At this moment, the chief editor Kevin is currently cursing me for taking so long with this review. It’s actually not entirely my fault this time. You see, I sat down over 90 minutes ago to write. I poured a whisky. I donned the Astro A50 Wireless Headset. I started some music… and here I am. Having just forgotten what I was doing for most the evening.
Coupling impressive sound with an even more impressive battery life, the fourth release of the Astro A50 Wireless Headset is a must for any serious gamer. With that said, retailing at AU$550, this is perhaps not hardware for the casual gamer. But if you’re like me and spend most your day with a headset on (for work, gaming or video content), the A50 Wireless Headset is a worthy investment.
Coming in two variants — one for PC / PS4, and one, which I am reviewing, for PC / Xbox One — this headset could not be slicker in appearance nor easier to set up. In the box, come the A50 Wireless Headset and an angular base unit, which acts as both the charger and the wireless transmitter. For PC simply plug the base unit into the PC via the included 1m USB cable. For Xbox One simply plug in the micro-USB cable and the 1m optical cable. This allows plenty of cable length to set the unit on your TV unit or desk. And, perhaps I’m weird, but I find it is a statement piece wherever it sits. The slick gloss and angular base unit with the headset sitting proud looks great.
This review talks about my experience with the headset running on my gaming PC.
Plug and Play meant that the headset worked upon connection. The Astro Command Centre allows for those fine tunings that you would expect with a professional gaming headset.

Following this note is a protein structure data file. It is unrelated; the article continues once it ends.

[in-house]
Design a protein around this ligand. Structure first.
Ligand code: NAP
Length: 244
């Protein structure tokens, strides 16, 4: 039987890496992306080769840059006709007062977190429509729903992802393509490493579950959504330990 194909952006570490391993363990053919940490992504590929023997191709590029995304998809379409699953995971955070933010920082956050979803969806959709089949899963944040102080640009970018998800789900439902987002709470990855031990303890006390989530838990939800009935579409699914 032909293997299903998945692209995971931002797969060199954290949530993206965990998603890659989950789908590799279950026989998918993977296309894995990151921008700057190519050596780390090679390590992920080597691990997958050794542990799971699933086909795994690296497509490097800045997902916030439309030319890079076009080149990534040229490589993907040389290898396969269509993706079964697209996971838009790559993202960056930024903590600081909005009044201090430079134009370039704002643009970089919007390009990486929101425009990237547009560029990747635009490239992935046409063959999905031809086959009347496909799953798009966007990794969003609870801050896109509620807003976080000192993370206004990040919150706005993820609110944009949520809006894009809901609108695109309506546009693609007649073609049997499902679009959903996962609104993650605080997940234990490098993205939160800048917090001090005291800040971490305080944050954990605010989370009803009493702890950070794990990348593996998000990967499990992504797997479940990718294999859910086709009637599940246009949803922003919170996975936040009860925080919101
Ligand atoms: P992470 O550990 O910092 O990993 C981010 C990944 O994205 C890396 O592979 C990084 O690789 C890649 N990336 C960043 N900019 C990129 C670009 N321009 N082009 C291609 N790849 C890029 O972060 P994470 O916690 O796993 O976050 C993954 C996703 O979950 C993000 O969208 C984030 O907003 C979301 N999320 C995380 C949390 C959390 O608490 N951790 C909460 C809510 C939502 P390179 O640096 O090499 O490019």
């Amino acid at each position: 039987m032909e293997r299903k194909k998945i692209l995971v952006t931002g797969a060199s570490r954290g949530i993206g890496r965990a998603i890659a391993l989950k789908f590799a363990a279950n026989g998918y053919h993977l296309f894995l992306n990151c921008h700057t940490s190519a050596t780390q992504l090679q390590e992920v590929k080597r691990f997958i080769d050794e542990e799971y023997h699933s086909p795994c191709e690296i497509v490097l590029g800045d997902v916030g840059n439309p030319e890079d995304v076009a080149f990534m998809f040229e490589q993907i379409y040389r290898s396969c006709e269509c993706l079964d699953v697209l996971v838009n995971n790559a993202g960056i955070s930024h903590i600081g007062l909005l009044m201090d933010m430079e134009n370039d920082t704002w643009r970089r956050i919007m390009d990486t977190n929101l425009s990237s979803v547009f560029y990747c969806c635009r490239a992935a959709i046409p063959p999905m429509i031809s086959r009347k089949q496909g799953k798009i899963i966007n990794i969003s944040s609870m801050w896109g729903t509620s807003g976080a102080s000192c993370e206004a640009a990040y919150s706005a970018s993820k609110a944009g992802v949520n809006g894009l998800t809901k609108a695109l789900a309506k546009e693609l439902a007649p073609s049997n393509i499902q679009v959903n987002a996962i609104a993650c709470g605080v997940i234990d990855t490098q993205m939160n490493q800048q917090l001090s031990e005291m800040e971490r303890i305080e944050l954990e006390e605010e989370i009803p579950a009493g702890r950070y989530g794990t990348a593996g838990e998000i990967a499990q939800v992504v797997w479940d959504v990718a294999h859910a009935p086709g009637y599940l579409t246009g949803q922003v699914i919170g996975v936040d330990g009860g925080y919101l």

You are able to configure three different equalizer presets. You can choose from a present library (and can import more to the library if you so wish), each of which can be fine-tuned, or you can configure your own preset. These three presets can then be changed on the fly with the press of a button on the side of the headset. Handy if you want to have different audio experiences for, say, first person shooters, listening to music, and watching Netflix.
The software also allows for adjustments of the noise gate in the microphone. I find “Streaming” just right for me, but there are also options for “Night”, “Home” and “Tournament” for when you’re gaming in front of a crowd (only in my dreams…).
The other changes are as you would expect, with tweaks of balance and alert levels. But enough about software…
Full Immersion – Getting a Full Audio Experience
Firstly, the A50 Wireless Headset has a nice ability with split audio. Set your default audio device on your computer to “Headphones (4- Astro A50 Game)” and enjoy the richness this headset has to offer. Load up your voice program of choice (say, Discord or Skype) and set the in-program audio to the “Headset Earphone (4- Astro A50 Voice).” And with this, you can easily alter the balance of both your game and voice communications on the fly with the buttons on the side of your headset. This is extremely handy if you want to drown out the chatter in the final tense moments of a round. Even more handy is that this splitter also works in programs like OBS for streaming, meaning that you can adjust levels on your Twitch stream to boost your teammates or mute them completely.
Now, how is the quality?
Listening to music, the music is rich, bright and crisp. I always thought my previous headset had good sound. Compared to this, my old headset was soft, dull and flat. On the studio equalizer, music is vibrant and enchanting. I really wasn’t kidding in my introduction. Listening to music on this is a joy and I find myself losing time just sitting back, feet up, whisky in hand, eyes closed, and enjoying the notes float over me. I experience no distortion with heavy base, the mids hold steady and the highs are distinct and clear. Clocking some time with some quality jazz is pure pleasure.
Crack out the classic Matrix lobby scene in 4k, and it sounds exactly as you would expect. A cacophony of noise with each and every shot distinct as every tile smashes in the place; all while the rich bass thumping through from the underlying music. Dolby Atmos comes through strong here, with rich 3D immersion. Bullets ping around you in all directions as the movie progresses. Again, pure pleasure.